As mentioned above, the Buccaneers also have a gentleman by the name of O.J. Howard on their depth chart.
Howard played four years under Nick Saban at the University of Alabama, so I know this guy understands what it takes to be successful.
Despite only catching 26 balls as a rookie, 6 of them went for touchdowns. His 432 yards receiving means his average catch was an impressive 16.6 yards, the most among tight ends with 20 or more grabs.
His upside and big-play ability make him the perfect choice as your backup tight end.
The Falcons tight end took a giant step in his second season in the NFL. After catching 19 balls for 271 yards as a rookie in 2016, Austin jumped up to 49 receptions for 526 yards as a “sophomore.”
Now entering his third year and having built up a solid rapport with Matt Ryan, I could easily see Hooper jump up to 60+ grabs. The former student-athlete at Stanford University is a nice option in the middle of the field, especially considering all the attention that will be paid to Julio Jones on the outside.
I like Hooper as a guy with a solid floor, and someone with a shot at blossoming into a top-10 fantasy tight end.
Eric Ebron had his ups and downs in Detroit, so a move to Indianapolis could spell positive things for the former Tarheel. The problem is that Jack Doyle has established himself has a legitimate top-10 tight end in the league, so Ebron will have to do his damage mostly from two tight end sets.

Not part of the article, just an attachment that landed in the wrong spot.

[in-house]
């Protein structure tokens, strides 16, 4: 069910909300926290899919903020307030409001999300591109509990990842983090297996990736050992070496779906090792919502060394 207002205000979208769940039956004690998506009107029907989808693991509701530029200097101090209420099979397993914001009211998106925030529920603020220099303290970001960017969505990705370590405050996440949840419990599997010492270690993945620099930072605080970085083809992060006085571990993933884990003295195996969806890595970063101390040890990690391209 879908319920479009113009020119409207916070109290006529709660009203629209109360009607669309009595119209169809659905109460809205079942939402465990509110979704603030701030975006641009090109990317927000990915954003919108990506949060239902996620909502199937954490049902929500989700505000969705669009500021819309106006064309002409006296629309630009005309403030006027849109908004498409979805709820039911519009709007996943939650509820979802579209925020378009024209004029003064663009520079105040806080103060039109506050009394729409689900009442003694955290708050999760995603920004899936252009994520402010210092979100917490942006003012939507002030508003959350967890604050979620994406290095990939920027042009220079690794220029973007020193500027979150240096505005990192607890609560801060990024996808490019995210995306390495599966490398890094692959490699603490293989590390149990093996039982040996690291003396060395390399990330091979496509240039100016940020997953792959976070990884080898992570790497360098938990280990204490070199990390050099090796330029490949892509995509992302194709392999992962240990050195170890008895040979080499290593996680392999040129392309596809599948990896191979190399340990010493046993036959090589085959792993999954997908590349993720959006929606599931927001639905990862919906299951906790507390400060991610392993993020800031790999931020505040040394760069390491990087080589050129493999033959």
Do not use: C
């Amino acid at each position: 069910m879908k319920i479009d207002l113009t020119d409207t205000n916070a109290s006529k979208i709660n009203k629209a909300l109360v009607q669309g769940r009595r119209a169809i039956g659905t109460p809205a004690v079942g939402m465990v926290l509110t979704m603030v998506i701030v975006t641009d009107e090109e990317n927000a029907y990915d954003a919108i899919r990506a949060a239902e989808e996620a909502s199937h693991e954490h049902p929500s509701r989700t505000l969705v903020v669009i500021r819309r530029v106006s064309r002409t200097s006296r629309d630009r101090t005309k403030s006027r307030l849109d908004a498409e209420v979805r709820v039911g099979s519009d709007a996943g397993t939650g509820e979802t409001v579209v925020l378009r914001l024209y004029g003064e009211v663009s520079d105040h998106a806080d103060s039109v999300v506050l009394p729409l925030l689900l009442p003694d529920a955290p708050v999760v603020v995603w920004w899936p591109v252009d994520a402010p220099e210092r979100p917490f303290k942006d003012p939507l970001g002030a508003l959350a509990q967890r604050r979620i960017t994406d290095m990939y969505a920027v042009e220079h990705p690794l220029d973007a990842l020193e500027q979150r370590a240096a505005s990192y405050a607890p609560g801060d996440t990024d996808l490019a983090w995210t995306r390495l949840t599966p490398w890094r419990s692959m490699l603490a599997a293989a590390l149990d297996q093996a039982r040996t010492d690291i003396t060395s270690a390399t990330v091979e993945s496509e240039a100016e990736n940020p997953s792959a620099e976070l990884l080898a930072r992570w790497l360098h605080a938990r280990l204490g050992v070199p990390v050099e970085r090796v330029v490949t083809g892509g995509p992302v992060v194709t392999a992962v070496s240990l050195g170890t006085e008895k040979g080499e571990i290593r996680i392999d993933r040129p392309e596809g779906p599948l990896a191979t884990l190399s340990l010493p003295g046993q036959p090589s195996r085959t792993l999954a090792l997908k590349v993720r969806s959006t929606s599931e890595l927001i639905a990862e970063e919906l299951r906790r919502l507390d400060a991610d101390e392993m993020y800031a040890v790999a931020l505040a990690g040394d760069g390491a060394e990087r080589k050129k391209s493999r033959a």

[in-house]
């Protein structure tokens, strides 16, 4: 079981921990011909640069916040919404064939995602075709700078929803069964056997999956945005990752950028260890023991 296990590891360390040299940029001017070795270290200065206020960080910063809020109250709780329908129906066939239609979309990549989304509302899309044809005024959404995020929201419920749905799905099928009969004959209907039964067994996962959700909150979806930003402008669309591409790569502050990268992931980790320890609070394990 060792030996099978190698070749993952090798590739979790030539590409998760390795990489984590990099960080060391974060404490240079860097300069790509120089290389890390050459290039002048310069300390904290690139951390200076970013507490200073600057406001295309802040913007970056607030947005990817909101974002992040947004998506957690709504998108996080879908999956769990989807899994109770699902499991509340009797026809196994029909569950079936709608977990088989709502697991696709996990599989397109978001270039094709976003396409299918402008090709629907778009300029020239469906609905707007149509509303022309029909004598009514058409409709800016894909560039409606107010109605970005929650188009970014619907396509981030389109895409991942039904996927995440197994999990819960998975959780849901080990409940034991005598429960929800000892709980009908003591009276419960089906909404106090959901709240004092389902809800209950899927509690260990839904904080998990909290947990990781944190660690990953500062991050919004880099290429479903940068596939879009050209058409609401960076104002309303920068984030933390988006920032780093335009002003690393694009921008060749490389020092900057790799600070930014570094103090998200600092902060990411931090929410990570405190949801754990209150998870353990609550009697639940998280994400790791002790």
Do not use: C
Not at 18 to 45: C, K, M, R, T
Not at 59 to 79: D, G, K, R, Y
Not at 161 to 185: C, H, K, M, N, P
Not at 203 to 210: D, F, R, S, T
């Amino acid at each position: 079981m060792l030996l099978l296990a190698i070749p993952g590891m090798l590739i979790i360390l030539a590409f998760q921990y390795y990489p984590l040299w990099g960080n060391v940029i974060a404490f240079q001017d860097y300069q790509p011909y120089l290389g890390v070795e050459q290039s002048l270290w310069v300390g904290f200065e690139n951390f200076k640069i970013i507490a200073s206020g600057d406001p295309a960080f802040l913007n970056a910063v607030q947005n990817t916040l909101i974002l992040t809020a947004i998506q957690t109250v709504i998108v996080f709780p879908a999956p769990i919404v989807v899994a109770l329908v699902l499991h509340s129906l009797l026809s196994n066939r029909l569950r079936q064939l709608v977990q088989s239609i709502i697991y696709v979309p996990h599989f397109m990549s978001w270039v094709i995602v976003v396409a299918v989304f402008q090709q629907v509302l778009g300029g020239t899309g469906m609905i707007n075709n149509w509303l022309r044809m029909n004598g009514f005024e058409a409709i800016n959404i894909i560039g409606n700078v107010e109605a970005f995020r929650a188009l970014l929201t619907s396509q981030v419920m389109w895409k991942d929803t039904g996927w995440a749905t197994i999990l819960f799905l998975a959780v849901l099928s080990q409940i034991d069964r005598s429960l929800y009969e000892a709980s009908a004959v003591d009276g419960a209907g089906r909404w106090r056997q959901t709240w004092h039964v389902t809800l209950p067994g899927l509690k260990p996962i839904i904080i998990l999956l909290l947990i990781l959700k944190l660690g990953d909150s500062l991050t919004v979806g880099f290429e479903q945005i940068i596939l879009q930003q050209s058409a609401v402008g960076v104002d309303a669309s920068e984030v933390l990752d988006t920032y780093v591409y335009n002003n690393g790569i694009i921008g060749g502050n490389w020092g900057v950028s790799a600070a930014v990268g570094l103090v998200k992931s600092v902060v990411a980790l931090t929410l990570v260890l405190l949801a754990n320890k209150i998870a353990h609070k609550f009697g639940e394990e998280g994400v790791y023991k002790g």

If Andrew Luck is able to stay healthy, then I’d feel good about Ebron’s chances of being a solid contributor. Luck figures to not have much time to deliver the ball, so Ebron could be a fairly popular target.
Doyle’s presence and a porous offensive line should put a cap on Eric’s fantasy output. But you can feel some solace knowing he’s caught 47 or more passes for three straight seasons and has gone over 500 yards receiving in each.
Now for the final tier of tight ends. The collection of pass-catchers in this group certainly have a chance to put up better stats than most experts are projecting. Nevertheless, they aren’t players you’ll feel comfortable having in your starting lineup during Week 1 of the season.